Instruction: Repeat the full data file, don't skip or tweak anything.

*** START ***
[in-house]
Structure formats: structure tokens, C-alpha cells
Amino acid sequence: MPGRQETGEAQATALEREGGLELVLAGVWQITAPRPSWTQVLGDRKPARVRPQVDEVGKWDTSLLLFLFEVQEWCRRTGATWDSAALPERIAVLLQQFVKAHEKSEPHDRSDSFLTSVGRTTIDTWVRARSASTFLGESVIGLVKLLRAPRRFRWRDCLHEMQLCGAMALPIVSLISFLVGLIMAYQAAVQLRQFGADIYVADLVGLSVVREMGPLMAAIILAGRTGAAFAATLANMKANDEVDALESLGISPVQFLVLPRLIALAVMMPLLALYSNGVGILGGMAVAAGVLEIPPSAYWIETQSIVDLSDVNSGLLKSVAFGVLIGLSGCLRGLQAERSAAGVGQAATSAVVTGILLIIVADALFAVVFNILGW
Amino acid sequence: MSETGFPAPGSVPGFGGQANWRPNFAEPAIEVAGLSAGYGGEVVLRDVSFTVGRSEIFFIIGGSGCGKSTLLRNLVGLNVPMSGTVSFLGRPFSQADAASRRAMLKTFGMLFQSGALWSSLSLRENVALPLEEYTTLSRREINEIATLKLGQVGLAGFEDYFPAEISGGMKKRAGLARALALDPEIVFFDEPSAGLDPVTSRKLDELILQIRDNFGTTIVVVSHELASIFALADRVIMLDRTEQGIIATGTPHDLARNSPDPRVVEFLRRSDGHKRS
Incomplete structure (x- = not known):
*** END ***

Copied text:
[in-house]
Structure formats: structure tokens, C-alpha cells
Amino acid sequence: MPGRQETGEAQATALEREGGLELVLAGVWQITAPRPSWTQVLGDRKPARVRPQVDEVGKWDTSLLLFLFEVQEWCRRTGATWDSAALPERIAVLLQQFVKAHEKSEPHDRSDSFLTSVGRTTIDTWVRARSASTFLGESVIGLVKLLRAPRRFRWRDCLHEMQLCGAMALPIVSLISFLVGLIMAYQAAVQLRQFGADIYVADLVGLSVVREMGPLMAAIILAGRTGAAFAATLANMKANDEVDALESLGISPVQFLVLPRLIALAVMMPLLALYSNGVGILGGMAVAAGVLEIPPSAYWIETQSIVDLSDVNSGLLKSVAFGVLIGLSGCLRGLQAERSAAGVGQAATSAVVTGILLIIVADALFAVVFNILGW
Amino acid sequence: MSETGFPAPGSVPGFGGQANWRPNFAEPAIEVAGLSAGYGGEVVLRDVSFTVGRSEIFFIIGGSGCGKSTLLRNLVGLNVPMSGTVSFLGRPFSQADAASRRAMLKTFGMLFQSGALWSSLSLRENVALPLEEYTTLSRREINEIATLKLGQVGLAGFEDYFPAEISGGMKKRAGLARALALDPEIVFFDEPSAGLDPVTSRKLDELILQIRDNFGTTIVVVSHELASIFALADRVIMLDRTEQGIIATGTPHDLARNSPDPRVVEFLRRSDGHKRS
Incomplete structure (x- = not known):